With the appointment of Ajit Pai, the new pro-business chairman of the U.S. Federal Communications Commission, many experts predict fortuitous years ahead for communication service providers.
But instead of rejoicing, communication service providers, especially those with mobile products, should survey the telecom landscape and the challenges that await them.
Who doesn't own a mobile phone these days? Not many, according to the Pew Research Center. In a January 2017 study of consumer mobile technology ownership in the U.S., Pew found 95 percent of Americans own a cellphone. Seventy-seven percent own a smartphone, a meteoric rise from 2011 when only about one-third did.
For mobile CSPs, this saturation has been problematic for growth and a major contributor to nearly industrywide decreases in revenue over the last decade. As smartphones grew in popularity and consumers signed on to contracts, traditional telecom service providers with no mobile products entered the mobile arena, making mobile services even more accessible to consumers and increasing competition. Aggregating data on major telecom players in North America, one PricewaterhouseCoopers study found that per-user revenues across the telecom industry fell, on average, 2 percent each year between 2011 to 2016.
Major cable multiservice operators – Comcast and Charter to name two – are dipping their toes into mobile as well, and when they do the competition will decidedly move to bundled product offerings and price, a trend that's already taken hold of telecom. The race to zero may be underway.
Unlimited plans and the limited future for 5G
Verizon's recent decision to offer unlimited data plans has become something of a cautionary tale for mobile CSPs – and in more ways than one.
After taking potshots from competitors T-Mobile and Sprint, Verizon started offering unlimited plans to subscribers just this past year. This again plays into the larger narrative of product competition versus price competition in telecom. Now that major player Verizon has officially entered the fray, CSPs may have reached a dead end of sorts. With almost nowhere else to go in terms of product offerings, they may all have to duke it out over price.
Looking ahead, many have questioned Verizon's ability to support the tremendous influx of subscribers seen in recent months, not to mention similar assumptions regarding legacy subscribers moving to unlimited plans and soaking up data. Fortune reported that, although Verizon has invested more in infrastructure upgrades in the past year than T-Mobile and Sprint combined, it started at a deficit. Verizon has less per-user airwave spectrum than Sprint and half that of AT&T or T-Mobile.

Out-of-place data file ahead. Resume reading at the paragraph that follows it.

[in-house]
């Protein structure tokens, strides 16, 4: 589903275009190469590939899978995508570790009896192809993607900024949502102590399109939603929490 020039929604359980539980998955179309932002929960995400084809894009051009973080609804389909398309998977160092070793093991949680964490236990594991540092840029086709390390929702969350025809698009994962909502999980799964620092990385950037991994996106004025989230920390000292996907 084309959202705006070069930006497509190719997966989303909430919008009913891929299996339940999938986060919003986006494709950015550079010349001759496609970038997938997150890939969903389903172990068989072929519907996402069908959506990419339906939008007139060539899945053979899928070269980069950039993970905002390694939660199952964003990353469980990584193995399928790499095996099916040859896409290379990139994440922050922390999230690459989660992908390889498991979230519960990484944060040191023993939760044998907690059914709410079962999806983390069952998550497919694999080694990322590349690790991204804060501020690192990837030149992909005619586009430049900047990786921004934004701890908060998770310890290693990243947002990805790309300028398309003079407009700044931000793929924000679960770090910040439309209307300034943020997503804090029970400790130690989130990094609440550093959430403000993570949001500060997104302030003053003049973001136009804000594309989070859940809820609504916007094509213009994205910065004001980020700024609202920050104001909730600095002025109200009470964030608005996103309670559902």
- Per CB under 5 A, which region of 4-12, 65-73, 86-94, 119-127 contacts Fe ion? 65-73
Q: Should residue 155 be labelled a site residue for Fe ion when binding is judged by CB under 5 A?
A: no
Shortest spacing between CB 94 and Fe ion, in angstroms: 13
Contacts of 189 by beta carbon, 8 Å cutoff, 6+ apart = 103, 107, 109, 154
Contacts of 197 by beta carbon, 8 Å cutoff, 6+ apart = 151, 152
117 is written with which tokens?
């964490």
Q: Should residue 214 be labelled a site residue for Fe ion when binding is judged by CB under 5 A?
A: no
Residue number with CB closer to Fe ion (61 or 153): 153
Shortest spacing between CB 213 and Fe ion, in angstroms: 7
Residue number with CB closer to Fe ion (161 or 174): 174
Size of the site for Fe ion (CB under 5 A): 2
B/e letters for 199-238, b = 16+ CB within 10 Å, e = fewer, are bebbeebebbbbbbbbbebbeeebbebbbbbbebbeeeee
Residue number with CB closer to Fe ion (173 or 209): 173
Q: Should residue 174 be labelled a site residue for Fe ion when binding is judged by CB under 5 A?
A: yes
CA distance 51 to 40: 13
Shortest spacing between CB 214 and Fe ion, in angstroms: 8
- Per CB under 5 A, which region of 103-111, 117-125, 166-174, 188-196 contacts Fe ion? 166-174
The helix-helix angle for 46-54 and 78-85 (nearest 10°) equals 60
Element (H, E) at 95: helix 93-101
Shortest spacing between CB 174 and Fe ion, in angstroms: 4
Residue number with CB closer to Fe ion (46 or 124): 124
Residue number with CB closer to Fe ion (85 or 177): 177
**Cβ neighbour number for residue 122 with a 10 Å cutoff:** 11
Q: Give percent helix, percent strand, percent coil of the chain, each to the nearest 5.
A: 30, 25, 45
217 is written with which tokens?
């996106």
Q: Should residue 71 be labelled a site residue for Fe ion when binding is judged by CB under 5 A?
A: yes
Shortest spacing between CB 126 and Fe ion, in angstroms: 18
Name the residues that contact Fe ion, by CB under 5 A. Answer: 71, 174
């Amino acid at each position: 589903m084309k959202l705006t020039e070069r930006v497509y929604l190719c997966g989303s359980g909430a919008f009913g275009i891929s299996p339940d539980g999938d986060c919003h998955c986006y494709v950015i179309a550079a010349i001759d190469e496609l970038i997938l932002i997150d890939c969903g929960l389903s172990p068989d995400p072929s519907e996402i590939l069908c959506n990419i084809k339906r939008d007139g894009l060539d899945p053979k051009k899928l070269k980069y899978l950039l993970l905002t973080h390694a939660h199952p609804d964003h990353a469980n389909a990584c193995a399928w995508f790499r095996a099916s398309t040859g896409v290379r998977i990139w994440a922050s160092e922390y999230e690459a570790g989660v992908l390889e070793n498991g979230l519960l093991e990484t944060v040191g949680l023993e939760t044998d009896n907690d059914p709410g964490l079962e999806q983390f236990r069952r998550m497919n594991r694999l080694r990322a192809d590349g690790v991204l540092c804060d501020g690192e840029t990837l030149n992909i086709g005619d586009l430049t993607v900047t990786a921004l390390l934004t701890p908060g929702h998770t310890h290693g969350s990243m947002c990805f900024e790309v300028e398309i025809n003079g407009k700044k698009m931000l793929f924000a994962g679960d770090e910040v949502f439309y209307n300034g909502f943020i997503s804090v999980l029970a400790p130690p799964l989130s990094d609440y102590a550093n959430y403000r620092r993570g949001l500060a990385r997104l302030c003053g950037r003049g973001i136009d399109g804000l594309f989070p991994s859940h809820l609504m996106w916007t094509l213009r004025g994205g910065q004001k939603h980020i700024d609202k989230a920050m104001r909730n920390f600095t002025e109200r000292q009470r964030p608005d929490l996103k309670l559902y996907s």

Investment into network capacity is the biggest obstacle revenue-strapped mobile CSPs will face well into 2020. Not only is the industry inundated with smartphone-using, unlimited data-having subscribers, but 4G LTE availability in the U.S. has surpassed 81 percent, according to Open Signal.
More importantly, although Open Signal ranked the U.S. 10th internationally in 4G availability at the end of 2016, it ranked the nation 69th in average 4G speed. All the more reason to heavily invest in developing 5G infrastructure as fast as possible. But without the revenue generation to feed that initiative, mobile CSPs will continue to linger in a limbo of languor.
Mobile profitability and advanced telecom billing software
In the ensuing kerfuffle over how to differentiate innovative products, strategically drop prices – but not too much – and sock away profits for 5G investment in a tight-margin environment, consider the telecom billing department the battlefield.
Telecom billing professionals will no doubt feel the brunt of cost competition, as their companies push to promote a diversity of promotional rates with varied characteristics. As the administrative minutia multiplies, the problems will no doubt complicate billing workflows, decrease efficiency and hurt customer service. In short, without the proper back-end solutions, it will cost CSPs more to earn less in revenue. These businesses need billing and operations support systems to organize the chaos they're experiencing today and plan for better, less costly approaches to tomorrow.
CostGuard®, the award-winning all-in-one advanced B/OSS from IDI Billing Solutions, was designed with the challenges of mobile communications billing in mind. With a dynamic rating engine and an integrated tax database built right into the BaaS infrastructure, CostGuard is equipped to handle complex rating schemes and myriad promotional products with speed and simplicity of design.
Mobile CSPs will love the unbillable usage dashboard, which identifies problem areas where users are missing out on possible revenue and drills down to their root causes to plug up the leaks for good.
Click through for more information on the state of today's mobile communication market, CostGuard B/OSS and how IDI Billing Solutions separates itself from other telecom billing software providers out there.